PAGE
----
22
Jan
2013
Ra Ra Riot: Beta Love
Beta Love
Darren
Bottom Line: Beta Love is like a rollercoaster between great indie pop and a crappily-assembled synthpop.

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Ah, indie pop, the peculiar genre of indie bands making super happy and radio-friendly music that doesn't get played on the radio for the most part because it's indie. This genre has given us notables like of Montreal, Passion Pit, and Vampire Weekend. Hey, speaking of Vampire Weekend, their keyboardist Rostam Batmanglij collaborated with Ra Ra Riot's singer Wes Miles on side project Discovery, whose sole album (literally named "LP") was released in 2009 and didn't really sound too much like either band. Vampire Weekend had their afro-beat influences, Ra Ra Riot had string parts, and Discovery was completely synthesizer-based.

UNTIL NOW. GOODBYE STRING PARTS, HELLO EGREGIOUS SYNTHS.

Beta Love opens with the playful "Dance With Me," which features a simple synth and drum beat with Wes Miles belting "come and dance with me bittersweet fool/I wanna be your toy" in a borderline falsetto voice. It's like the bastard child of Matt & Kim and Passion Pit in some ways, and seems like it was only chosen as the album opener for the high energy. However, the next two tracks "Binary Mind" and "Beta Love" are definite top tracks on the album; "Binary Mind" has a strong driving beat with one of the album's few guitar parts during its chorus to keep up the energy, while "Beta Love" is dominated by a repetitive yet catchy synth melody that reminds me of some of the better tracks on Discovery's LP, occasionally punctuated by strings.

If these two tracks are its ups, then Beta Love is not without its downs, of which there are many on the album. "Is It Too Much?" could have come from a previous Ra Ra Riot album, although its monotony would have made it more filler than a standout track. "For Once" has a pretty cello harmony that is buried by a synth part that sounds like it could be played with one finger and the closing guitar part is too little, too late. And then there's "What I Do For U." Fuck this song. I hate the title that uses "U" instead of "you," I hate it's three-note bass part, I hate it's falsetto screeched vocals. I have no idea why Ra Ra Riot made this song, but thankfully it's the shortest on the album. "When I Dream," "That Much," and "Wilderness" aren't really that memorable, all three being more low-key tracks amidst what tries to be a high-energy album.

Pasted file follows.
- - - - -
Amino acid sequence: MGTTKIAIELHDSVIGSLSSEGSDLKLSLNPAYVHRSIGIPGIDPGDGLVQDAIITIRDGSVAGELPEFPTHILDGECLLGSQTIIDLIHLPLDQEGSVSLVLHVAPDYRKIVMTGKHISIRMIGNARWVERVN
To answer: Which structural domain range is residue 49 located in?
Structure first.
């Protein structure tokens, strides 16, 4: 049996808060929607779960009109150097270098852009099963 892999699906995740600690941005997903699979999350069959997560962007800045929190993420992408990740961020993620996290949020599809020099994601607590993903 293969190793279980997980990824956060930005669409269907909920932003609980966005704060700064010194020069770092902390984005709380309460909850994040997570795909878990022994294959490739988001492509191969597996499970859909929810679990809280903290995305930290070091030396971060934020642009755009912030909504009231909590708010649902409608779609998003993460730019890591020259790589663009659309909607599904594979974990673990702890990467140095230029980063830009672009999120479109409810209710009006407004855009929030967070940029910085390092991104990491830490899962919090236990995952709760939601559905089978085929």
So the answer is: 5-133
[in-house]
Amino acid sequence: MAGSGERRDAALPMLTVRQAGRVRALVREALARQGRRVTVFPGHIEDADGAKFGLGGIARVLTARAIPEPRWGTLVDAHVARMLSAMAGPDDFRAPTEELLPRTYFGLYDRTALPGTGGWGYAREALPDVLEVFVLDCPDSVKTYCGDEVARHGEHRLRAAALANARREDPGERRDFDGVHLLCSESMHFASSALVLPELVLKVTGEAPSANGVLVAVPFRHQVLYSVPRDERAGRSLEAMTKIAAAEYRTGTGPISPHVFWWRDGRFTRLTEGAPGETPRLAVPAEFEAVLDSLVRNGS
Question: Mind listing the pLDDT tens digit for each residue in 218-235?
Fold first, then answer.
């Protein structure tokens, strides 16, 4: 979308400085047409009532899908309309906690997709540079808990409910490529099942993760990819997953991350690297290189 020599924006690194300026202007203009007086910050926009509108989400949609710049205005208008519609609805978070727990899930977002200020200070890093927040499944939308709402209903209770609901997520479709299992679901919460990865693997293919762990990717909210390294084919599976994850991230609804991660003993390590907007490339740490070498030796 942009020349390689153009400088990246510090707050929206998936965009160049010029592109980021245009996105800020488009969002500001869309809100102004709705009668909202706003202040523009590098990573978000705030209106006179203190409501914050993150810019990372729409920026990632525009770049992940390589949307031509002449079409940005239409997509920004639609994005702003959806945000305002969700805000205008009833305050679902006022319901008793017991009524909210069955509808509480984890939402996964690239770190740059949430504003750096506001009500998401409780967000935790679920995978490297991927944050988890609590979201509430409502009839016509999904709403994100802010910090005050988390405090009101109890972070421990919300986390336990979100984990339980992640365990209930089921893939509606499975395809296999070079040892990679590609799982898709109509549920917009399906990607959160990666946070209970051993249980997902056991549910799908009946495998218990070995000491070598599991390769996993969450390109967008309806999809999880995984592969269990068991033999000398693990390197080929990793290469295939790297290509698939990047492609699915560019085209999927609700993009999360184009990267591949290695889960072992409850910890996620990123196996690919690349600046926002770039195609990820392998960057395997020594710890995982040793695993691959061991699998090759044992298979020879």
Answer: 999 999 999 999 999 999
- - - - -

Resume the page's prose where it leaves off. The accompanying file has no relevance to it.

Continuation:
There are other high points though - "Angel, Please" and closer "I Shut Off" are both great tracks that show the synthesizer wasn't a total loss for Ra Ra Riot. The former features a Matt & Kim-like simple synth part and an explosive chorus while the latter is one of the more dynamic songs on the album and actually features a keyboard solo and a closing string part.

Beta Love has its high highs and its low lows, and to mention Matt & Kim a third time in this review, it sure sounds like they took some lessons from this particular indie pop duo. However, Ra Ra Riot aren't a duo nor can they thrive on synthpop alone, unless Wes Miles wants to slowly make Ra Ra Riot sound entirely like Discovery. But for the most part Beta Love's great tracks come from their depth and dynamic instrumentation, such as the occasional solo and the recurring string parts on high energy tracks. And while the lyrics aren't exactly too profound on Beta Love (The chorus of "Angel, Please" is "Oh angel please, please stay with me,") I can't come down too hard since I feel listeners go to Ra Ra Riot and indie pop in general for catchiness and choruses you can sing along to over deep introspections (take that Arcade fire). Essentially the lesson learned from Beta Love is tone down synths, keep up strings and occasional guitar, Wes Miles can do whatever the hell he feels with his voice, and never, ever make anything that sounds like "What I Do For U."

Grade: B-

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